without doubt Theon, or some other Editor has taken away, not Book v. from this, but from its proper place in this Book. the Author of it designed to demonstrate that if four magnitudes E, G, F, H be proportionals, they are also proportionals inversely; that is, G is to E, as H to F; which is true, but the demonstration of it does not in the least depend upon this 4. Prop. or its demonstration. for when he says “ because it is demonstrated that if K be greater “ than M, L is greater than N,” &c. this is indeed shewn in the demonstration of the 4. Prop. but not from this that E, G, F, H áre proportionals, for this last is the conclusion of the Proposition. Wherefore these words “ because it is demonstrated,” &c. are wholly foreign to his design. and he should have proved that if K be greater than M, L is greater than N, from this, that E, G, F, H are proportionals, and from the 5. Def. of this Book, which he has not; but is done in Proposition B, which we have given, in its proper place, instead of this Corollary, and another Corollary is placed after the 4. Prop. which is often of use, and is neceffary to the Demonstration of Prop. 18. of this Book.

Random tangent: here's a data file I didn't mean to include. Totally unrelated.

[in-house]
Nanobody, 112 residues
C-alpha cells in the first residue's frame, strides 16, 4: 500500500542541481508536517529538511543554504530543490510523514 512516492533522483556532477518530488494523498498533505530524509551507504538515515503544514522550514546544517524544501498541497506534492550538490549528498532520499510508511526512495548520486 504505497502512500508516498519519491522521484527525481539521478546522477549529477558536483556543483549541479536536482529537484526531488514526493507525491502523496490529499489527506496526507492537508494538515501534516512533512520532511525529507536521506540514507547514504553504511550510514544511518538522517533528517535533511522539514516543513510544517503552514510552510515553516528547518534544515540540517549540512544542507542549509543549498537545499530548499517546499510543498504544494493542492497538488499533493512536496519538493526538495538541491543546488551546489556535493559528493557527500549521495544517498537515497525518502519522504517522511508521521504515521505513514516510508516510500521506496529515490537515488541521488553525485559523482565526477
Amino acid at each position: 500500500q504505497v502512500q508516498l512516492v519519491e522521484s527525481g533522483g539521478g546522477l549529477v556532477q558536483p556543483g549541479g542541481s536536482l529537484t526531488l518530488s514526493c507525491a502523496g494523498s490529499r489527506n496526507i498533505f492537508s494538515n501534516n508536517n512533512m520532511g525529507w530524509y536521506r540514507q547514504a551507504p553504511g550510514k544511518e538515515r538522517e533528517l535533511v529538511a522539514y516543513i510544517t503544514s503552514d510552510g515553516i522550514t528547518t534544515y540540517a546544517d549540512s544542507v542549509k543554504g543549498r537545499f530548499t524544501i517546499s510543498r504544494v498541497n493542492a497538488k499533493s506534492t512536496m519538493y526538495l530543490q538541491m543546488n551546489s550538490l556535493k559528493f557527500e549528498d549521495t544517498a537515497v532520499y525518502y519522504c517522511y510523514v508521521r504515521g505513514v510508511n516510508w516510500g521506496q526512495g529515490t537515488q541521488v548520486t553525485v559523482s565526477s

PROP. V. B. V. In the construction which precedes the demonstration of this Proposition, it is required that EB may be the same multiple of CG, that AE is of CF; that is, that EB be divided into as many equal parts, as there are parts in AE equal to CF. from which it is evident that this construction is not Euclid's. for he does not fhew the way of dividing straight lines, and far less other magnitudes, into any number of equal parts, until the y. Proposition of B.6. and he never requires any thing to be done in the contruction, of which he had not before given the method of doing. for this reason we have changed the construction to A one which without doubt is Euclid's, in which nothing

GO is required but to add a magnitude to itself a certain E number of times. and this is to be found in the tran

C flation from the Arabic, tho' the enunciation of the F Proposition and the demonstration are there very much spoiled. Jacobus Peletarius who was the first, as far B DI as I know, who took notice of this error, gives allo the right construction in his edition of Euclid, after he had given the other which he blames. he fays he would not leave it out, because it was fine, and might sharpen one's genius to invent others